One of the ideas that I floated in my first post-Brexit post was that freed from some of the EU's zanier regulations, it could compete by offering a saner regulatory environment. One of the specific examples I gave was position limits, for as bad as the US position limit proposal is, it pales in comparison to the awfulness of the EU version.
Britain-based commodity exchanges may have some leeway in the way they manage large positions after the UK exits the European Union, but they will still have to comply with EU rules from 2018, experts say.
Position limits, a way of controlling how much of an individual commodity trading firms can hold, are being introduced for the first time in the Markets in Financial Instruments Directive II (MiFID II) from January 2018.
Britain voted to leave the EU last month, but its exit has to be negotiated with the remaining 27 members, a process that is meant to be completed within two years of triggering a formal legal process.
"It is too early to say what any new UK regime will look like particularly given pressure for equivalence," James Maycock, a director at KPMG, said, referring to companies having to prove that rules in their home countries are equivalent to those in the EU.
"But UK commodity trading venues may have more flexibility in setting position limits if they are not subject to MiFID II."
. . . .
Britain's Financial Conduct Authority (FCA) said in a statement after the Brexit vote that firms should continue to prepare for EU rules. But it has previously expressed doubts about position limits on all commodity contracts.
"We do not believe that it is necessary, as MiFID II requires, to have position limits for every single one of the hundreds of commodity derivatives contracts traded in Europe. Including the least significant," said Tracey McDermott, former acting chief executive at the FCA in February this year.
"And I know there are concerns, frankly, that the practical details of position reporting were not adequately thought through in the negotiations on the framework legislation."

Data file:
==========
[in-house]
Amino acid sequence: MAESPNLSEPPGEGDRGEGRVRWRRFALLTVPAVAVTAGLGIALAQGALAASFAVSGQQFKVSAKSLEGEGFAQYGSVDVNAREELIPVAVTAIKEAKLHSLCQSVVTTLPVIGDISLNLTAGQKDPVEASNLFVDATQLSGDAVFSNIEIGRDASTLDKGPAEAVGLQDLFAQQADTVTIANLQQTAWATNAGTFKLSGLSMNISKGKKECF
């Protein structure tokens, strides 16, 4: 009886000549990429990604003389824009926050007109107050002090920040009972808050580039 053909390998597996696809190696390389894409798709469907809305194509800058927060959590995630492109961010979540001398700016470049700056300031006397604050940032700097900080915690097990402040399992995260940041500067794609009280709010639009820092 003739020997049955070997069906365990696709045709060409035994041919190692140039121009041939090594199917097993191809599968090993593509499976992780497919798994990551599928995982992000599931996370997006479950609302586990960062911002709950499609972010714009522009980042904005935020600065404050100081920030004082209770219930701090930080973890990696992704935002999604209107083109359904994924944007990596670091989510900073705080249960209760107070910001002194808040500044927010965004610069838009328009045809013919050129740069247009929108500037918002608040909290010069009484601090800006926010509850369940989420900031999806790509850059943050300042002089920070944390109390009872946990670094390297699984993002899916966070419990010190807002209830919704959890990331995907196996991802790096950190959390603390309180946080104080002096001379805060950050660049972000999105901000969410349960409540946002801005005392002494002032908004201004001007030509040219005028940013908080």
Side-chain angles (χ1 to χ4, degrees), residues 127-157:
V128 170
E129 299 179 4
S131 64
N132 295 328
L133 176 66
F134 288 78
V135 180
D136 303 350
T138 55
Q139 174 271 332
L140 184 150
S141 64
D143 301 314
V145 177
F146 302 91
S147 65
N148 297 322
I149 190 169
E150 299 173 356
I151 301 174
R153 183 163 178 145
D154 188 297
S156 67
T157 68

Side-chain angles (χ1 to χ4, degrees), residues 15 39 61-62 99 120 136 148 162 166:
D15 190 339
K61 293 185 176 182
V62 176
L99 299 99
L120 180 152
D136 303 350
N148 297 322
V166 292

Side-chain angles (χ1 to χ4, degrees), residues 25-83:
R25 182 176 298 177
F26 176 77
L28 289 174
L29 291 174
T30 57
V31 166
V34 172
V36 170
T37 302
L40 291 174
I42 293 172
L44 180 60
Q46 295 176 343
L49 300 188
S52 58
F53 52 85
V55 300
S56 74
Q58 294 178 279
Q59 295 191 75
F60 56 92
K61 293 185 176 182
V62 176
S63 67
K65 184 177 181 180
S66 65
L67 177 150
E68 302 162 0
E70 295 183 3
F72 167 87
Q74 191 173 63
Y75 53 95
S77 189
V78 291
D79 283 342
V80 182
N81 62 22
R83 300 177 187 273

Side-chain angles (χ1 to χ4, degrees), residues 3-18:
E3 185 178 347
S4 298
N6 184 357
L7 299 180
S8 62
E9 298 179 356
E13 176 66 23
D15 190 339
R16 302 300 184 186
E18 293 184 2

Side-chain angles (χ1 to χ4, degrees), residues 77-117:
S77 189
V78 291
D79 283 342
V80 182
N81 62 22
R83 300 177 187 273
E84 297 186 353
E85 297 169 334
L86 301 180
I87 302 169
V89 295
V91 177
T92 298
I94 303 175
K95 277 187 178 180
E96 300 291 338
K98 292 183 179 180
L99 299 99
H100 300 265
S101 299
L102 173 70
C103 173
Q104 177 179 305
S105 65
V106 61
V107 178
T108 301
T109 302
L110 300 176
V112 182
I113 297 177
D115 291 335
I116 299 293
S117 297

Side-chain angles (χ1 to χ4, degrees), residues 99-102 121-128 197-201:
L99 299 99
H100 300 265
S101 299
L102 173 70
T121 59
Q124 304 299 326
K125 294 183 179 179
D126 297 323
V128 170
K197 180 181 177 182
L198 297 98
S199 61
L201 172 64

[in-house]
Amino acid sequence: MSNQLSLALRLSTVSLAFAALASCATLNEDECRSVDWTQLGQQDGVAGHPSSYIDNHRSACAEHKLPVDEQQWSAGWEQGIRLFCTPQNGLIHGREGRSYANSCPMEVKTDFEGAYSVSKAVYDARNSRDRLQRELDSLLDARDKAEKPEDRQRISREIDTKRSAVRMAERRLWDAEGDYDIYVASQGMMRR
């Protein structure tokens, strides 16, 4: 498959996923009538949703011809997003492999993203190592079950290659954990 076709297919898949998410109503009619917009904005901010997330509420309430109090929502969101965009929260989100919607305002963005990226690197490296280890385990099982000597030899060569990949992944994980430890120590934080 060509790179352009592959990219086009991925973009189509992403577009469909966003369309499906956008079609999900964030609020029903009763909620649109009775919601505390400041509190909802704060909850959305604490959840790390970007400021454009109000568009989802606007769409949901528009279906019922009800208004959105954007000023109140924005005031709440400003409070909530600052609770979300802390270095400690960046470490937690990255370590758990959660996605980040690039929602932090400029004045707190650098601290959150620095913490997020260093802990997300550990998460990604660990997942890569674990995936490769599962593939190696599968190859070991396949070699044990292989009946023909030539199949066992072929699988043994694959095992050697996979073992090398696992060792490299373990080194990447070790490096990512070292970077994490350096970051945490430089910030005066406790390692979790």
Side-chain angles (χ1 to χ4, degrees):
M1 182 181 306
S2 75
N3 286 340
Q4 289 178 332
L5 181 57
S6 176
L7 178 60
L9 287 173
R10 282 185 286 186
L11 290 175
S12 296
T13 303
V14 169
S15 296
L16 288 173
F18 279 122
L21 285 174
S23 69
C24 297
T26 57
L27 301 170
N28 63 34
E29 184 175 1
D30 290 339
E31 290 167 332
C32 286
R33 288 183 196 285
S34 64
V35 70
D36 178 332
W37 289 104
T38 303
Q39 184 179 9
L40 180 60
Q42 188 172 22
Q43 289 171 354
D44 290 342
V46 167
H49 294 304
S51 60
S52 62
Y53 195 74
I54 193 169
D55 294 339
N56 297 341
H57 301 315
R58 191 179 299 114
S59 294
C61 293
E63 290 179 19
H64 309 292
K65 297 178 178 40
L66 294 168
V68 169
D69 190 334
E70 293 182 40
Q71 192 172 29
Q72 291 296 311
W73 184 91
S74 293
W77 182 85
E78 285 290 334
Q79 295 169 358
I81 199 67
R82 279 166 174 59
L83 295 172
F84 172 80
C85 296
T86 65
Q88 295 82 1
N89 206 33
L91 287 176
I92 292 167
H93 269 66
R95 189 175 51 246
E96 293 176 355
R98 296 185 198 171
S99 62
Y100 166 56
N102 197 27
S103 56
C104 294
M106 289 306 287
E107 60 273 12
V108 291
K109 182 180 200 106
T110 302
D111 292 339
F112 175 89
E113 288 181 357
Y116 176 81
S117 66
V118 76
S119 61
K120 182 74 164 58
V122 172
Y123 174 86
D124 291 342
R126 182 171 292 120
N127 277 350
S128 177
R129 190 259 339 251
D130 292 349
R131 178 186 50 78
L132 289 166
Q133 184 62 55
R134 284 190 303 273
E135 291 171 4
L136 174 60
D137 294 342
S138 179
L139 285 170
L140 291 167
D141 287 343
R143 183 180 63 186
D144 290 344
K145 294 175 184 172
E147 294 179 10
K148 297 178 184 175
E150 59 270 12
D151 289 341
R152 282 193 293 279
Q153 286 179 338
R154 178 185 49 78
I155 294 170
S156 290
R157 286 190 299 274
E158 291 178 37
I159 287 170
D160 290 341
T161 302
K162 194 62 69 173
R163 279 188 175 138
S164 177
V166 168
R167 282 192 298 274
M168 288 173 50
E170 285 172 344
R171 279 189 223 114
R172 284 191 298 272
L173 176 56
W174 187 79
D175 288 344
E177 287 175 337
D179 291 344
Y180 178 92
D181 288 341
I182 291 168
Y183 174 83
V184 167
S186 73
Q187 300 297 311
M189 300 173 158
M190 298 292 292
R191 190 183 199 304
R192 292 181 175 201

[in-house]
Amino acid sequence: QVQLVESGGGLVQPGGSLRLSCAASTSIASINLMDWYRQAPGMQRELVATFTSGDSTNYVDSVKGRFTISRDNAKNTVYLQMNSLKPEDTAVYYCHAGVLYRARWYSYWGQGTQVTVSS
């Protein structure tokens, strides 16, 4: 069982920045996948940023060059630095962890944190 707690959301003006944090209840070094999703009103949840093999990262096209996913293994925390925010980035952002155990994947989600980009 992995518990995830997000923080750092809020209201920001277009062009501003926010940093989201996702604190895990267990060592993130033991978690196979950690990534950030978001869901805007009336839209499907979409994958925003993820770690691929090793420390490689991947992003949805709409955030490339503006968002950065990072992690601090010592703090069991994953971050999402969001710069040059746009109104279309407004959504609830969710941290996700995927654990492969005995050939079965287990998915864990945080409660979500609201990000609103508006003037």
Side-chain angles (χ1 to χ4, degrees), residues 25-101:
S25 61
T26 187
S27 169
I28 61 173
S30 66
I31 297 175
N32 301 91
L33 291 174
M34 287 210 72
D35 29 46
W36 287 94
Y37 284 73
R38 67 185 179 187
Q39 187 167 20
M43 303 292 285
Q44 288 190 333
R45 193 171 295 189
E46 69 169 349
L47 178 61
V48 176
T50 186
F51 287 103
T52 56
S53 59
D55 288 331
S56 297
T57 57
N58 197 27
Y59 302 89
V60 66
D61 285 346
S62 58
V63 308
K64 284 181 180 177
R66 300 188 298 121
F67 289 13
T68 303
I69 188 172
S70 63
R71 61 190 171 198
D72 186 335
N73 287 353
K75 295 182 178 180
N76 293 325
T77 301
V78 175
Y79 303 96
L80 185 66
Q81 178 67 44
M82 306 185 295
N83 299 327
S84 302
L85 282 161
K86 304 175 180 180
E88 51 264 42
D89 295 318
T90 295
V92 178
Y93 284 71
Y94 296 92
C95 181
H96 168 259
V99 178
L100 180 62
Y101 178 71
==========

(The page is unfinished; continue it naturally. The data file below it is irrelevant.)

This could explain a major driver behind the Eurogarchs' intense umbrage at Brexit. Competition from the UK, particularly in the financial sector, will provide a serious brake on some of the EU's more dirigiste endeavors. This is especially true in financial/capital markets because capital is extremely mobile. Further, I conjecture that Europe needs The City more than The City needs Europe. Hollande and others in Europe are talking about walling off the EU's financial markets from perfidious Albion, but the most likely outcome of this is to create a continental financial ghetto or gulag, A Prison of Banks.
If financial protectionism of the type Hollande et al dream of could work, French, German and Dutch bankers should be dancing jigs right now. But they seem to be the most despondent and outraged at Brexit.
A (somewhat tangential) remark. Another reason for taking umbrage is that the UK has served as a safety valve for European workers looking to escape the dysfunctional continental labor markets. This is especially true for many younger, high skill/high education French, Germans, etc. (especially the French). With the safety valve cut off, there will be more angry people putting pressure on European governments.
This could be a good thing, if it forces the Euros (especially the French) to loosen up their growth-and-employment-sapping labor laws. But in the short to medium term, it means more political ferment, which the Euro elite doesn't like one bit.
This all leads to a broader point. Cooperation is a double edged sword. The EU's main selling point is that intra-European cooperation has led to a reduction in trade barriers that has increased competition in European goods markets. But the EU has also functioned as a Cartel of Nations that has restricted competition on many dimensions.
I note that one major international cooperative effort spearheaded by the Europeans is the attempt to reduce and perhaps eliminate competition between nations on tax. "Tax harmonization" sounds so Zen, but it really means cutting off any means of escape from the depredations of the state. But tax is just one area where governments don't like to compete with one another. Much regulatory harmonization and coordination and imposed uniformity is intended to reduce inter-state competition that limits the ability of governments to redistribute rents.
This is one reason to believe that Britain's exit will have some big upsides, not just for the UK but for Europe generally. It will invigorate competition between jurisdictions that statists hate. And it is precisely these upsides which send the dirigistes into paroxysms of anger and despair. Feel their pain, and rejoice in it.